Flash rainstorms turn highway underpasses into temporary shelters, where wet mops of humanity huddle together, fumbling with convertible roofs, waiting it out. But it’s windy. You’re soaked. You’re in a Pagani Huayra Roadster. The Harley guys just grin at you, the Wrangler bros are busy zipping their plastic windows. What’s your next move?
Behind the conventional doors is a handy soft top folded into one of the side trunks, a standard piece the company hadn’t detailed during the roadster’s debut last year in Geneva. Unlike the removable carbon-fiber hardtop with a glass panel, this top stays with the car as “the perfect solution for emergencies,” according to Pagani spokeswoman Giulia Roncarati. And it’s easier to install this top than the pup tents on a Jeep or a Porsche Boxster Spyder.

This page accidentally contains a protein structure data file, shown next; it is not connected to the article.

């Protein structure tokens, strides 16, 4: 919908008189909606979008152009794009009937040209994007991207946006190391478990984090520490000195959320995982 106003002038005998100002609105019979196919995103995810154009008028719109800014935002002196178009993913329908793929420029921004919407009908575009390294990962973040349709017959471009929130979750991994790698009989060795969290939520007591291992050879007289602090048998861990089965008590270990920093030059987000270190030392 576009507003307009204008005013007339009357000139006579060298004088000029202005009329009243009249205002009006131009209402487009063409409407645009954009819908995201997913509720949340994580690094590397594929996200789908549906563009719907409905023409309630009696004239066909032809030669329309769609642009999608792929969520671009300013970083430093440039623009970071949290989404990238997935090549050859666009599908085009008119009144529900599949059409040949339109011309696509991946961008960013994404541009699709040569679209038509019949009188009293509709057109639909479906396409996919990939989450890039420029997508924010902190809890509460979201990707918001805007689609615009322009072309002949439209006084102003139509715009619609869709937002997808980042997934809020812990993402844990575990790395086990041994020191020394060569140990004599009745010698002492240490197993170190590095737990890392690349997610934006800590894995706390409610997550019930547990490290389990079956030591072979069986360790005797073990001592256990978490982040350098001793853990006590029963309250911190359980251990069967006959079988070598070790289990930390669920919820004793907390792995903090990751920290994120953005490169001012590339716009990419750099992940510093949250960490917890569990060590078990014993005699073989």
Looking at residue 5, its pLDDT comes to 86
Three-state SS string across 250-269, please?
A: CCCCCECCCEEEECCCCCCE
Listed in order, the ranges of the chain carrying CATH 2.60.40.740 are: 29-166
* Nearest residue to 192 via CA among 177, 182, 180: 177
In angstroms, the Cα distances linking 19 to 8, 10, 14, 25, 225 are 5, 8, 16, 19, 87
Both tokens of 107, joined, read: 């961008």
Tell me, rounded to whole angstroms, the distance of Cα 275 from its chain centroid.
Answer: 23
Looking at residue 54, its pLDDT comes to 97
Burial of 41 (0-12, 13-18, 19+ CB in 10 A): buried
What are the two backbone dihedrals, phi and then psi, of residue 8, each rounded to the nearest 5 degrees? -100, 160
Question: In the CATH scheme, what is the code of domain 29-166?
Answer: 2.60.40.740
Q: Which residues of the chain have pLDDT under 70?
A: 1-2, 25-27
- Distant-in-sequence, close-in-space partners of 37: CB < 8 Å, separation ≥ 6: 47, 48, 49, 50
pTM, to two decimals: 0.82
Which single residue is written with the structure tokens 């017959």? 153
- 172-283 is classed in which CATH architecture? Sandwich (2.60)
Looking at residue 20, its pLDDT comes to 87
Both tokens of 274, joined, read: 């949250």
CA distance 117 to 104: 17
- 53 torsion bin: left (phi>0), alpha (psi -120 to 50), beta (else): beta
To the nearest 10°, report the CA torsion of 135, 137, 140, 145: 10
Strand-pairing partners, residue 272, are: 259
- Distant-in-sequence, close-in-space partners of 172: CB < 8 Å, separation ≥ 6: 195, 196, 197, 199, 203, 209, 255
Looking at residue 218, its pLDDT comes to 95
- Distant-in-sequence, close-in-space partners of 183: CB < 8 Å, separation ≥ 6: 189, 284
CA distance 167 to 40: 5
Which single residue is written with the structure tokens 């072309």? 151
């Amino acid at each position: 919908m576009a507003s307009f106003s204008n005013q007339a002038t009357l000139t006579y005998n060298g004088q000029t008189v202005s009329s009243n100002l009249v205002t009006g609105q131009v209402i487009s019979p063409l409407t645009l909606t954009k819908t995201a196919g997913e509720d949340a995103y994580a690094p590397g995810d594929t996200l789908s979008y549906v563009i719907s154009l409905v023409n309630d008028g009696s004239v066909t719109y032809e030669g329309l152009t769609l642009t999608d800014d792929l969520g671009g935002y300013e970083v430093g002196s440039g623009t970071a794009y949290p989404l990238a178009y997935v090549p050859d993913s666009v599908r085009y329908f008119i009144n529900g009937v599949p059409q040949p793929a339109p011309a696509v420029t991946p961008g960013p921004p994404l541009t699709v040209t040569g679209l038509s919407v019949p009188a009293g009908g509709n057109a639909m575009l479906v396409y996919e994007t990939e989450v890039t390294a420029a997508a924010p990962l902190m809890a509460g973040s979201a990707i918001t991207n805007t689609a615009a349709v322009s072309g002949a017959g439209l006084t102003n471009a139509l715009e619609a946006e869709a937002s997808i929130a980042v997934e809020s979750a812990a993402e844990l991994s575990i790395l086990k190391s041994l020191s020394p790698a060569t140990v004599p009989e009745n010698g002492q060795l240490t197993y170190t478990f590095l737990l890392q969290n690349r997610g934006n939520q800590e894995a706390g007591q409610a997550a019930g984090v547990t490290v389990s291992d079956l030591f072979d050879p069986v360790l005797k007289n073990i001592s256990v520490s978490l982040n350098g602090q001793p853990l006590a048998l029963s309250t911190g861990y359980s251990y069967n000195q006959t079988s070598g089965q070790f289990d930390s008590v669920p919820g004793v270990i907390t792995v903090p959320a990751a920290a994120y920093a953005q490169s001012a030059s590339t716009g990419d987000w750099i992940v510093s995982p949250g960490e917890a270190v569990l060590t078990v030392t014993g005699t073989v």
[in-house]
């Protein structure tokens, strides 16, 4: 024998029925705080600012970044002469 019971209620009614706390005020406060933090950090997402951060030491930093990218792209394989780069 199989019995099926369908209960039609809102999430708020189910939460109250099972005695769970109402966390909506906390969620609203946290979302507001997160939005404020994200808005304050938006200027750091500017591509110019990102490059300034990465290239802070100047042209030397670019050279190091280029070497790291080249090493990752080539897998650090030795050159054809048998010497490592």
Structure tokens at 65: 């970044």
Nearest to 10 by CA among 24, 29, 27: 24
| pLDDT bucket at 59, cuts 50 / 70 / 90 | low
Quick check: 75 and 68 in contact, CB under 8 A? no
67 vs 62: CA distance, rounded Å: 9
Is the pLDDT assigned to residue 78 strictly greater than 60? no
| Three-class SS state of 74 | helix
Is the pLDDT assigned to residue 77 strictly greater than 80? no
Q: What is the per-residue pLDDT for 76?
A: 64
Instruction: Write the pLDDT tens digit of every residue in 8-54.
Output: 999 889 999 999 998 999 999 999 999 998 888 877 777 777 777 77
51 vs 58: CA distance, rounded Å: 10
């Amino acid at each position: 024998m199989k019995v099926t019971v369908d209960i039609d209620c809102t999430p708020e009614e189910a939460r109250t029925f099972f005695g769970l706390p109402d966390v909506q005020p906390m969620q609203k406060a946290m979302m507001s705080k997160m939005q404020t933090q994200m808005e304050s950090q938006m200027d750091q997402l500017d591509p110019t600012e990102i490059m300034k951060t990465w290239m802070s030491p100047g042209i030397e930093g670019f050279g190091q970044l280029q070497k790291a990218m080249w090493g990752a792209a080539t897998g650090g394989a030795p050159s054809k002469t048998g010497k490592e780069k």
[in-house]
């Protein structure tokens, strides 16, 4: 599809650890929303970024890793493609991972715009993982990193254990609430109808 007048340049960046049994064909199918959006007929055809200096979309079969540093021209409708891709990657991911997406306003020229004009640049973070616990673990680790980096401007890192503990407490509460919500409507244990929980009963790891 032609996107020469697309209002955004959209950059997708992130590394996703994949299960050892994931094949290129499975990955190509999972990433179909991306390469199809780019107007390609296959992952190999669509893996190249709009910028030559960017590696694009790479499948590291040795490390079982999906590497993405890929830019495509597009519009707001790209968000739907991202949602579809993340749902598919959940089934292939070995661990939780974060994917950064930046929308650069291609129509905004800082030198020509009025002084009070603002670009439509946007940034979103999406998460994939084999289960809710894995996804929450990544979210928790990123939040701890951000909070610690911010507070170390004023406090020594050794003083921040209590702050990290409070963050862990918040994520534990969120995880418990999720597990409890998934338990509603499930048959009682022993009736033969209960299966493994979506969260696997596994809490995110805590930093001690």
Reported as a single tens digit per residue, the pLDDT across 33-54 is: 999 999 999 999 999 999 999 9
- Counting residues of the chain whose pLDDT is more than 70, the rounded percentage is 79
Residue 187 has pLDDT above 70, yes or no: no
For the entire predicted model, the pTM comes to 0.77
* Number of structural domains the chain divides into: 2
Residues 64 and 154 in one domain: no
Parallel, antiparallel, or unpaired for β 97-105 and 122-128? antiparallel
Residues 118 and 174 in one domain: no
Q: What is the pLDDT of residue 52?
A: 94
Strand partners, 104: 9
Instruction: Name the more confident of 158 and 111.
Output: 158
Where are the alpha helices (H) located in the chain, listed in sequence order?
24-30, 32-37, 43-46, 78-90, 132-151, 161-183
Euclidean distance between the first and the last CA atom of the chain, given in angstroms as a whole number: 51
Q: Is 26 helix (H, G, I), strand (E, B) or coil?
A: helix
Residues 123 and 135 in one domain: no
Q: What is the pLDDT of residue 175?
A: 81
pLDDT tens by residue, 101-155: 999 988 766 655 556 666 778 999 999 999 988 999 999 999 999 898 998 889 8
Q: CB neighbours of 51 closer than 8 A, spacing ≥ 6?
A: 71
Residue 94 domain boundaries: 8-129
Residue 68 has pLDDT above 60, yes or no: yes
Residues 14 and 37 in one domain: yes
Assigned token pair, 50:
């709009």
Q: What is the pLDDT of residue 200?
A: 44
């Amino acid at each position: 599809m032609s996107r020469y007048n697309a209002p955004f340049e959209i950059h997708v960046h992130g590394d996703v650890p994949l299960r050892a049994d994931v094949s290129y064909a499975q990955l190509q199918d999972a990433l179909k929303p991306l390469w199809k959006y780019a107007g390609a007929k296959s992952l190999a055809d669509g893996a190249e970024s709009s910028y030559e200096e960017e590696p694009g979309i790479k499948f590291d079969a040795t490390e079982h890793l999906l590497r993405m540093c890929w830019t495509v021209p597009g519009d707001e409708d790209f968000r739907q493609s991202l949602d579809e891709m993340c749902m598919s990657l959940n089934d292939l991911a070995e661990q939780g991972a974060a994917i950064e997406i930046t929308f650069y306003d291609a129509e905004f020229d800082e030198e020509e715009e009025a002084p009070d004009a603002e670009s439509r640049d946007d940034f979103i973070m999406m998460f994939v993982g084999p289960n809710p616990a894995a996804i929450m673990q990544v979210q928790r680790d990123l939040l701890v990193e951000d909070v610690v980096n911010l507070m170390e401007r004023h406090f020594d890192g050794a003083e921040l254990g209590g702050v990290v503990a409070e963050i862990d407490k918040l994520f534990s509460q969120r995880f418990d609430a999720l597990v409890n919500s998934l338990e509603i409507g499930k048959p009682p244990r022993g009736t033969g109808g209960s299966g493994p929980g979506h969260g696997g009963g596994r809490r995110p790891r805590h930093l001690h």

Italian motorcycle outfitter Dainese, which specializes in armored body suits and other rider gear, supplies a tough, three-layer fabric that Pagani bonds to its own carbon fiber frame, which is then stretched out by aluminum and titanium connecting rods. When stowed, the top folds into itself like “origami,” according to Dainese, which took nearly three years to develop the top with the Modenese hypercar maker.
Total weight is just 8.6 pounds. Installation, without the use of a handy YouTube instructional video, appears simple enough. There are two pins at the rear and two conventional latches attaching to the windshield frame.
When fitted over the roll hoops, the fabric roof preserves the Huayra’s stunning profile and—provided you haven’t discarded the wind deflector—its lavish leather seats.
Pagani will display the soft top (and the accompanying Huayra) at this year’s Geneva auto show. We’re told this particular car will head to the United States, where its lucky owner may want to practice putting the top on in the garage, just in case.